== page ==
billion short.”

    ***It is important to see the link that aid is general to the development of the countries at the receiving side, but is a good indication of how much they will get to do SD efforts***

    2-Aid has been a foreign policy tool to aid the donor not the recipient. For
    example:
    •The US has directed aid to regions where it has concerns related to its
    national security
    •Sweden has targeted aid to “progressive societies”;
    •France has sought to promote maintenance or preserve and spread of French
    culture, language, and influence
    •Japan has also heavily skewed aid towards those in East Asia with
    extensive commercial ties

    This is really against the Eco-economics they are trying to establish ! The aid should be based on the goal of improving and helping the most needy!

    3-Aid Amounts Dwarfed by Effects of First World Subsidies, Third World Debt,
    Unequal Trade

    4-Aid Money Often Tied to Various Restrictive Conditions. “…aid tied with
    conditions cut the value of aid to recipient countries by some 25-40 percent,
    because it obliges them to purchase uncompetitively priced imports from the
    richer nations…”

    Now this is not to show aid is bad , its important and critically needed but we need to make sure it is not tied to the politics and the direction you want to steer the results to your side as some of the developed countries are doing.

  4. jeremy says:

    Saad – see what you can uncover on the Environmental Kuznets curve in this regard. I’d be interested to know if you concur with this hypothesis.
    Jeremy

  5. blainewalsh says:

    When I read this post and the comments that followed, I immediately started to think about SD at home, in Canada. Does the line of thinking with respect to developing countries apply, at least on some scale, to different areas of Canada, and how does it affect the proliferation of SD in those areas. The fact is that Canada as a country has an SD policy, but what about economically challenged areas of the country where unemployment is more than double the national average? Is it practical to look at this level to see if there are initiatives for SD or do we think that these areas are more interested in just attracting jobs to their areas, regardless of the potential offenses to SD?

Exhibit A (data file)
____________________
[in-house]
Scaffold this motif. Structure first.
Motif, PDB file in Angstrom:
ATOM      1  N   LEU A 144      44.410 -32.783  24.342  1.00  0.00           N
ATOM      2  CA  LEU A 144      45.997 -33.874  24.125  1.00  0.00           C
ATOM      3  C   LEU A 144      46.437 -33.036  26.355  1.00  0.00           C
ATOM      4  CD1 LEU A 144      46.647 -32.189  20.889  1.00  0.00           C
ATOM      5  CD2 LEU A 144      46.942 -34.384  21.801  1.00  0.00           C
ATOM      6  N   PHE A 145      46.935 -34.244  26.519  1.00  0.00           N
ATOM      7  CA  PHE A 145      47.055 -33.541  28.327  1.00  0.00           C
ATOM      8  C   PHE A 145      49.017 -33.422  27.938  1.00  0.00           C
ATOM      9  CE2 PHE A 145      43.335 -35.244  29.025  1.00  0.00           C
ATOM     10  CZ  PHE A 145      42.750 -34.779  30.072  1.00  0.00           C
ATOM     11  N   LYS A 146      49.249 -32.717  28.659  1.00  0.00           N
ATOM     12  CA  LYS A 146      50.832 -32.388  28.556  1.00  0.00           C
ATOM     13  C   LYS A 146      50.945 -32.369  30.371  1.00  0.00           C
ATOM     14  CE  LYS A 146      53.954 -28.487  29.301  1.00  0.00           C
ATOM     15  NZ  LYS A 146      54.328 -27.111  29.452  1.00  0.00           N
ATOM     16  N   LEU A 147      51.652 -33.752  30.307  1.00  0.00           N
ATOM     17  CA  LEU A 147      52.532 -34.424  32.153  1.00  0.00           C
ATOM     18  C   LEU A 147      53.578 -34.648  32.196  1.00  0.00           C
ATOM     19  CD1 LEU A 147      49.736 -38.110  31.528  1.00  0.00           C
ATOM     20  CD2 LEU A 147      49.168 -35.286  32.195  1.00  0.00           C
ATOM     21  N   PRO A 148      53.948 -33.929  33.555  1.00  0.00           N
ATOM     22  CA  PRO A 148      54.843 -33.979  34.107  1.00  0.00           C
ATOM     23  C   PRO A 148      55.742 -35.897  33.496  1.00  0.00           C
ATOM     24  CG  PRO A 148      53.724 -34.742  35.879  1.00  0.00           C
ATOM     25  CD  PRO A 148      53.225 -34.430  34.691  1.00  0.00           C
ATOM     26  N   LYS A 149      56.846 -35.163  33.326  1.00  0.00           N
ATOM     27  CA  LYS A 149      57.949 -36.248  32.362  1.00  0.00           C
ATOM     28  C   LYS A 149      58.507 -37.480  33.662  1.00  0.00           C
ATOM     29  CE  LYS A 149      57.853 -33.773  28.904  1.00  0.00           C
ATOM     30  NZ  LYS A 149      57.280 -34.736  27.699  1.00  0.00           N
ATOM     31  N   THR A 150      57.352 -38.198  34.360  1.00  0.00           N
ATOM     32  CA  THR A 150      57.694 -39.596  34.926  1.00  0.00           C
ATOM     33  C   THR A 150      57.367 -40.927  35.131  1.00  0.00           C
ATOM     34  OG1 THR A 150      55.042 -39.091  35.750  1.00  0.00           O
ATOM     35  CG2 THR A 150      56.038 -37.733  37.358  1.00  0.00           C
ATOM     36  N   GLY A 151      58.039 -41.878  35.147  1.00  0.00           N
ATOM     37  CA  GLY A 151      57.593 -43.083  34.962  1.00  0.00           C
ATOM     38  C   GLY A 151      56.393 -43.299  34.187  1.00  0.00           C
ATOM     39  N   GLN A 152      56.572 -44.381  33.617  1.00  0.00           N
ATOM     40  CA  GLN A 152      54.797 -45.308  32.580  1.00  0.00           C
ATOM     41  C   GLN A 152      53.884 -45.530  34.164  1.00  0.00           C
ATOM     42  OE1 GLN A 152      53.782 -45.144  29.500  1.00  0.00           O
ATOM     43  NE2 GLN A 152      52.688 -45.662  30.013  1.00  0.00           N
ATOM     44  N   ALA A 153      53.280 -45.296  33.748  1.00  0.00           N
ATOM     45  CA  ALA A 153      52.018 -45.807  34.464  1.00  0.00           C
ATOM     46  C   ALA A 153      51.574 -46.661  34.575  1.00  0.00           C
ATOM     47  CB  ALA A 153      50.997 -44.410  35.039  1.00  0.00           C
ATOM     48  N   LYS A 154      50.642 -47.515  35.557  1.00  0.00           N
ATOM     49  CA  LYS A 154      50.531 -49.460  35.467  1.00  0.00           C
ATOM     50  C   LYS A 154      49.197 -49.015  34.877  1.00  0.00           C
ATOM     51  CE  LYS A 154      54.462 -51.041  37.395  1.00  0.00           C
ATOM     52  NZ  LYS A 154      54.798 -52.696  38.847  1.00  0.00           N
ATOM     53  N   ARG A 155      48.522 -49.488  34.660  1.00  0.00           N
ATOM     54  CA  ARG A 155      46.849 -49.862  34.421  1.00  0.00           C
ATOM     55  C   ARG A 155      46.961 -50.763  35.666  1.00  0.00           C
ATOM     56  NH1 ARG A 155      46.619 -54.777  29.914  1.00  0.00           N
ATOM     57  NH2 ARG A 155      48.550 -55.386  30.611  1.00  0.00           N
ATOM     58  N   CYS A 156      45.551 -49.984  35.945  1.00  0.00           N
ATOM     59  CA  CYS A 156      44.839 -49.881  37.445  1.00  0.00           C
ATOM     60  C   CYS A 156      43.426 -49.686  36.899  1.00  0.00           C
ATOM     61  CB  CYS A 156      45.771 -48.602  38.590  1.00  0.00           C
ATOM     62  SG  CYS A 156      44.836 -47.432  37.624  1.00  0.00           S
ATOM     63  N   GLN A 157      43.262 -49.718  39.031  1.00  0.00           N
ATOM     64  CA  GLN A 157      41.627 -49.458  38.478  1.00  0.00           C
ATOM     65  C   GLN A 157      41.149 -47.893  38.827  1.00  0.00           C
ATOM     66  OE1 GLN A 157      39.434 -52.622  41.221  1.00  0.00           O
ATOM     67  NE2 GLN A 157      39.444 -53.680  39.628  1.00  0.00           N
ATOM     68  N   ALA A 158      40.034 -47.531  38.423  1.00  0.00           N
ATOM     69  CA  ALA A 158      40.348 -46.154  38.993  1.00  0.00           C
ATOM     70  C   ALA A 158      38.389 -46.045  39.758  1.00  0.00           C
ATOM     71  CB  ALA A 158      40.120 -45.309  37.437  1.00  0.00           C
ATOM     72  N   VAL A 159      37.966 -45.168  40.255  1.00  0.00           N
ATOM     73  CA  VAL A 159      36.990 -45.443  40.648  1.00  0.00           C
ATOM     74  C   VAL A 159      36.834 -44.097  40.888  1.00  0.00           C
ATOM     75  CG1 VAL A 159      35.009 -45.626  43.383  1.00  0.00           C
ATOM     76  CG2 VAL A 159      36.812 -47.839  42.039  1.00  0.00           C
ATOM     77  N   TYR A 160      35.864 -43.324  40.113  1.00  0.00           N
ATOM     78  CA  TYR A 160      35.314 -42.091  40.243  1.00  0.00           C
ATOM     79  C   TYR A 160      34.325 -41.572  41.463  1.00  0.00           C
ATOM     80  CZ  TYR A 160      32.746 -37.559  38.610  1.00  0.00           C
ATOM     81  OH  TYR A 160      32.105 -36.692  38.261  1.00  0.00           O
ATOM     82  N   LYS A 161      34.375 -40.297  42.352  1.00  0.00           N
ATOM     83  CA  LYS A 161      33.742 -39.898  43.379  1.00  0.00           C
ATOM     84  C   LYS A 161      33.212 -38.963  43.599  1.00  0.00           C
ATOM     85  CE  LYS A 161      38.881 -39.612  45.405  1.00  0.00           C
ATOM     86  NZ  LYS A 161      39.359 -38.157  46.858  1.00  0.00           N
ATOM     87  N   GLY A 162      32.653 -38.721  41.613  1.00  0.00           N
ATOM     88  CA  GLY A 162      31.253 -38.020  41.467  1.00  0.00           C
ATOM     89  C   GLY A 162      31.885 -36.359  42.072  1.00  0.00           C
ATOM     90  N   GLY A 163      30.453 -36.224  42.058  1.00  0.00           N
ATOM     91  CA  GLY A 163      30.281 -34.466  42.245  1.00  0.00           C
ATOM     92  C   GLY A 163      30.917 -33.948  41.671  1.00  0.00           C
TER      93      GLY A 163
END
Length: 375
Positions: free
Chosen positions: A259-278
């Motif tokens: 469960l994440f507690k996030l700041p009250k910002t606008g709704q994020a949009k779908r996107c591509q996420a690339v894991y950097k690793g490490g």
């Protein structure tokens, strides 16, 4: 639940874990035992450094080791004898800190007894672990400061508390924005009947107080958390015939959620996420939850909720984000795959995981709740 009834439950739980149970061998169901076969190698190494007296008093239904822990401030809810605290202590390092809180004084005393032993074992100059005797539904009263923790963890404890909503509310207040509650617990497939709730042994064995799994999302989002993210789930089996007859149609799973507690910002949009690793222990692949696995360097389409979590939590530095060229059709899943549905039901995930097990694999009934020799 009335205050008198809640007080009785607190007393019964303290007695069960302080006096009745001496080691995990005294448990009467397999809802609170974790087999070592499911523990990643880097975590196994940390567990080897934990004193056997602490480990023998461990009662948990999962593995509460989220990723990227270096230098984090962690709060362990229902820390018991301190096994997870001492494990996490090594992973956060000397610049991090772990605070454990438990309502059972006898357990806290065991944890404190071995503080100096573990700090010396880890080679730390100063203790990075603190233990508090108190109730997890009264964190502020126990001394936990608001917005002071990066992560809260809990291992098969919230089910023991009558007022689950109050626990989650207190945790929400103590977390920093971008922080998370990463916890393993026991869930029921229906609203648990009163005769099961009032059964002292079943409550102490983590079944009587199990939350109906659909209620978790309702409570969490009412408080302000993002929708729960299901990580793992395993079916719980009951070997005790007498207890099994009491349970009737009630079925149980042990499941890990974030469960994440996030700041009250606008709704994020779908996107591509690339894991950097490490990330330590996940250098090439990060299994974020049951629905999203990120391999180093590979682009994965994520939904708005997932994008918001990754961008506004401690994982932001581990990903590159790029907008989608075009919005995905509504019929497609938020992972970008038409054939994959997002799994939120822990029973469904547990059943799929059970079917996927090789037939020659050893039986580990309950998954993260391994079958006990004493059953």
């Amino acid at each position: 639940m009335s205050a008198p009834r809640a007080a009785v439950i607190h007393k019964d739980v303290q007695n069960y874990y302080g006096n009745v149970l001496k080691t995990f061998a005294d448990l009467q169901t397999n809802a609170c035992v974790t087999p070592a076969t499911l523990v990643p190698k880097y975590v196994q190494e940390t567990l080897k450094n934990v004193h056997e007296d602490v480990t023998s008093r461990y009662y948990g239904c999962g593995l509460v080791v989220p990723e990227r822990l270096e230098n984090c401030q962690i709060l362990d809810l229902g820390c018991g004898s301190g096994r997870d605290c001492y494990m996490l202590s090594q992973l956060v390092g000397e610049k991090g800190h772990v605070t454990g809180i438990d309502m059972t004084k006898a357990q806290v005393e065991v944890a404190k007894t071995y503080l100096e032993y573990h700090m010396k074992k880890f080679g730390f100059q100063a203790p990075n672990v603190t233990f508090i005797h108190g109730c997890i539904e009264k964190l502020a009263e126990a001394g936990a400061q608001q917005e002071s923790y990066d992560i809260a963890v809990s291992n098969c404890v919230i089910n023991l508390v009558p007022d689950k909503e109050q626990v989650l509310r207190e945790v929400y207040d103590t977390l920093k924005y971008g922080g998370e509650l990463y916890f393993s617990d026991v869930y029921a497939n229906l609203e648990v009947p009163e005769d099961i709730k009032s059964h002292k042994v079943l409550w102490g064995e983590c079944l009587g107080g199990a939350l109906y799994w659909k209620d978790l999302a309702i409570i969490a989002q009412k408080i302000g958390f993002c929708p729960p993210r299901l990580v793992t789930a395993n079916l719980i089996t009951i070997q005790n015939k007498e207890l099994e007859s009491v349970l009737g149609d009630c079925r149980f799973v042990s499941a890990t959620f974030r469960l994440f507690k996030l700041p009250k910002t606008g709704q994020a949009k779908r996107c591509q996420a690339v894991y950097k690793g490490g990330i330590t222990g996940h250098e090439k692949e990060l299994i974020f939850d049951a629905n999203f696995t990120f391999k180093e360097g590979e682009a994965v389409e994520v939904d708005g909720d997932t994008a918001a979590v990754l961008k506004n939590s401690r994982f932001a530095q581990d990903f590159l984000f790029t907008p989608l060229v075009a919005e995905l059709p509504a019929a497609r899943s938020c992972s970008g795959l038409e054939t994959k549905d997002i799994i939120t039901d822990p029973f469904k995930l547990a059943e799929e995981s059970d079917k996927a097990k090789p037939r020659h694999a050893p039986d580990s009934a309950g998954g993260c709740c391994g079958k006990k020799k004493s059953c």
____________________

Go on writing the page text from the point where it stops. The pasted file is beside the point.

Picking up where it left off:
A case in point is Newfoundland and Labrador. Having grown up in Newfoundland, I’m all too familiar with the business climate and the level of unemployment. I can honestly say that when looking for the ever elusive job, I’m not sure most people are concerned with SD, at least on a personal level. An interesting twist to this is that Newfoundland now has one of the fastest growing economies in the country, all due to the oil industry and the price of oil on the market. In doing some research, the province does indeed have a Sustainable Development Act that is focussed on the provinces natural resources, most importantly oil. However, I wonder if they are planning for future generations based on the gains from the price of oil today? They are most certainly using the price of oil and the proceeds from it to pay down the provincial debt (historically the highest in the country), but I’m not sure I see any planning for future generations beyond the oil industry.
    So the province has an SD plan, at least in principle, but I expect that the typical Newfoundland citizen would be focused more providing for their families than ensuring they are contributing to the SD plan of the government.

  6. RGiggey says:

    After speaking with a Sustainable Development professor in Honduras, one of the poorest nations in Latin America ($1,600 per capita income), I learnt of the following Sustainable Development project (her email):

    “I think a good example is coffee plantation. Every body wants to get the green seal now to be able to sell their products to Europe and North America. As you may know the best coffee is the one grown at high elevations, the problem with that is it is necessary to take steps of soil conservation to avoid its degradation and besides that they have to preserve the biodiversity and most of our mountains are natural reserves and sources of water for the populations down [the mountains]. So they are not using pesticides, or synthetic fertilizers, they also avoid to pollute the rivers when they take off the peel [of the coffee bean] and they even leave some parts of the land for the wild life. This not a big business, most of the coffee farmers have small pieces of land, so they are getting together in cooperatives.”